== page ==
The story of Trix Of The Trade’s Railway win

Trix Of The Trade’s win in last Saturday’s Railway Stakes was the stuff of dreams.

Trained by veteran horseman Colin Webster, Trix Of The Trade blew them away in the $1.5m feature at Ascot, gifting Webster his second Gtroup 1 at the ripe old age of 82.

Jockey Troy Turner, who Webster mentored as an apprentice, stood tall in his irons in the dying stages of the race as the 47-year-old reveled in his second Railway success.

Adding to the romance of the story, Trix Of The Trade’s owners and breeders, Bill and Patricia Robinson, were also present on course.

Racing personality Campbell Brown loved everything about the victory, saying the story is one of the great stories of the spring.

“Colin Webster is the training story of the year, when Trix Of The Trade swept down the middle of the track and won the Railway, I must admit I didn’t know just how good the story was,” Brown told SEN Track’s Ladbrokes Spring Racing Breakfast.

“Since reading about the story, Colin Webster is the trainer, he’s 82-years of age, he’s been training for 63 years, he last won a Group 1 in the Western Australia Oaks in 1980, it’s been 42 years in the making to win his second.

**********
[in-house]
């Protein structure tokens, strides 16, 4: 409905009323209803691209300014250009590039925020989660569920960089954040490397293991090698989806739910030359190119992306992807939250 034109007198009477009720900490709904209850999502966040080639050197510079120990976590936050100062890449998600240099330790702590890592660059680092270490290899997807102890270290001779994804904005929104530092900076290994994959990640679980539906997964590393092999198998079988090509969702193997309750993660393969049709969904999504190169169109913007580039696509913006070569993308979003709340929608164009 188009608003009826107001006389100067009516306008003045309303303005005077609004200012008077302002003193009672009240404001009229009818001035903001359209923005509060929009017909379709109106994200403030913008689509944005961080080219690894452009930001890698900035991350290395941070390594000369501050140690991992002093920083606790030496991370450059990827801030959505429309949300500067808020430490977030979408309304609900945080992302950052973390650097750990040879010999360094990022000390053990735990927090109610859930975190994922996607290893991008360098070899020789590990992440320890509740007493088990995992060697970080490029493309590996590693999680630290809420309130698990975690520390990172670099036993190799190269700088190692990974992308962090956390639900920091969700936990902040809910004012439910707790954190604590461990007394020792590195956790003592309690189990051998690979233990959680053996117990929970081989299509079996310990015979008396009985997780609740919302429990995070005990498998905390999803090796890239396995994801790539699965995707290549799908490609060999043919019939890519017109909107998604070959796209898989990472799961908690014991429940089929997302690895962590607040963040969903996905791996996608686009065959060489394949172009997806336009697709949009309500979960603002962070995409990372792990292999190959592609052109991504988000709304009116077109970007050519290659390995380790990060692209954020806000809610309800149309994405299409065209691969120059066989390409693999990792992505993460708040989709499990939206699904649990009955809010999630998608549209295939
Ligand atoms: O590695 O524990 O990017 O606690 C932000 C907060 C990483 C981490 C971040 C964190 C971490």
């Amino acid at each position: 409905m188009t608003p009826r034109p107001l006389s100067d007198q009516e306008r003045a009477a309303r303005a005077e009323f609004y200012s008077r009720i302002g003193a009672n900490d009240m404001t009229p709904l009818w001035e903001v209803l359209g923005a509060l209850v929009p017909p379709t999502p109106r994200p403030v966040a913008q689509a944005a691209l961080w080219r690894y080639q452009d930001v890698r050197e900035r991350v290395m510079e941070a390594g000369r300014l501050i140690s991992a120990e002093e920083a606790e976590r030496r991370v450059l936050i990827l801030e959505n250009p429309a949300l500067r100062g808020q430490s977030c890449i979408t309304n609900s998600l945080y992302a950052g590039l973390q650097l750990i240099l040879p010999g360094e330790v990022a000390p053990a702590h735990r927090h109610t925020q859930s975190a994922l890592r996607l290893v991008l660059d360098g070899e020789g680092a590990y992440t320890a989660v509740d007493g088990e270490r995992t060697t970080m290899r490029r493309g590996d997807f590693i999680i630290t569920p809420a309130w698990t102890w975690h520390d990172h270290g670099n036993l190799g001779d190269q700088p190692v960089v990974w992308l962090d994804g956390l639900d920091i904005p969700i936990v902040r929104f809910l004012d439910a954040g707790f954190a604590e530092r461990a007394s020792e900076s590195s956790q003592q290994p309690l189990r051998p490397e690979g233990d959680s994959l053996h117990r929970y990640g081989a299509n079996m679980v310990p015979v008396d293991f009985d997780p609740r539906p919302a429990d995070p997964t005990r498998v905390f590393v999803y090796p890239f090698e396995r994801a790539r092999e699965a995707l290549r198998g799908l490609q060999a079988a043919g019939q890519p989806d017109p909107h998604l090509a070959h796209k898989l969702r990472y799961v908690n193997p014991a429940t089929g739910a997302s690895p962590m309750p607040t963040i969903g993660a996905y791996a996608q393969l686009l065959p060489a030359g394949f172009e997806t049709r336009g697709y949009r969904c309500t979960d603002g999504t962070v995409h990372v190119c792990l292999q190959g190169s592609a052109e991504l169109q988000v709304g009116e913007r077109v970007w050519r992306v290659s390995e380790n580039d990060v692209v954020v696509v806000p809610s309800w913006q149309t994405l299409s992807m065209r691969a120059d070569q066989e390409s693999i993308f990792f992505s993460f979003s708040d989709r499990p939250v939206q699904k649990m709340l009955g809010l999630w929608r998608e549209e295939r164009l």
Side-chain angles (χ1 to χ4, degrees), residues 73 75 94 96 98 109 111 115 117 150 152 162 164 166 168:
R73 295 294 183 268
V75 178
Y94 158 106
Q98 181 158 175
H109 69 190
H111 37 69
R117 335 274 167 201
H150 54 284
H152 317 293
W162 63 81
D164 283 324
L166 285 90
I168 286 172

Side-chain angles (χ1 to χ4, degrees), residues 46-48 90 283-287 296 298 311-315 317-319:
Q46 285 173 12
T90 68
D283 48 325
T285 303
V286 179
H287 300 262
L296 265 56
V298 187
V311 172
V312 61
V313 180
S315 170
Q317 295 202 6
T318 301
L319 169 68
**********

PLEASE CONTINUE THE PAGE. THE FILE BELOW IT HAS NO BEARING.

“The owners and breeders are Bill and Patricia Robinson who are in their 90s, and obviously don’t get to the races all that often with their age but they were there on Saturday to celebrate the Group 1.

“Troy Turner, who rode the winner, was an apprentice to Webster and now his son Jordan is.

“That is just an outstanding story, one of perseverance, I think at 82 years of age winning another Group 1 is just one of the great stories of racing this season.”

After winning four on the trot in the Autumn, the Robinsons were met with several significant offers from big owners which they knocked back.

Ladbroke’s own Nick Quinn, who has been in the game for some time, went as far as to say that the Trix Of The Trade story is one of the best he’s ever heard.

“100%, when you look at the fact that it doesn’t matter if you’re a billionaire or a local breeder, you still get the chance,” Quinn said.

“They knocked back some serious offers from Hong Kong to keep this horse because they thought ‘we’re in our 90s, you can’t take it with you, we’ve got to enjoy this last horse and they’ve been rewarded with a Group 1’.

“Not only was it one of the best things I’ve seen this year in racing, it was one of the best things ever, it’s what keeps people loving the sport.”

Ascot will play host to Saturday’s Winterbottom Stakes meeting.



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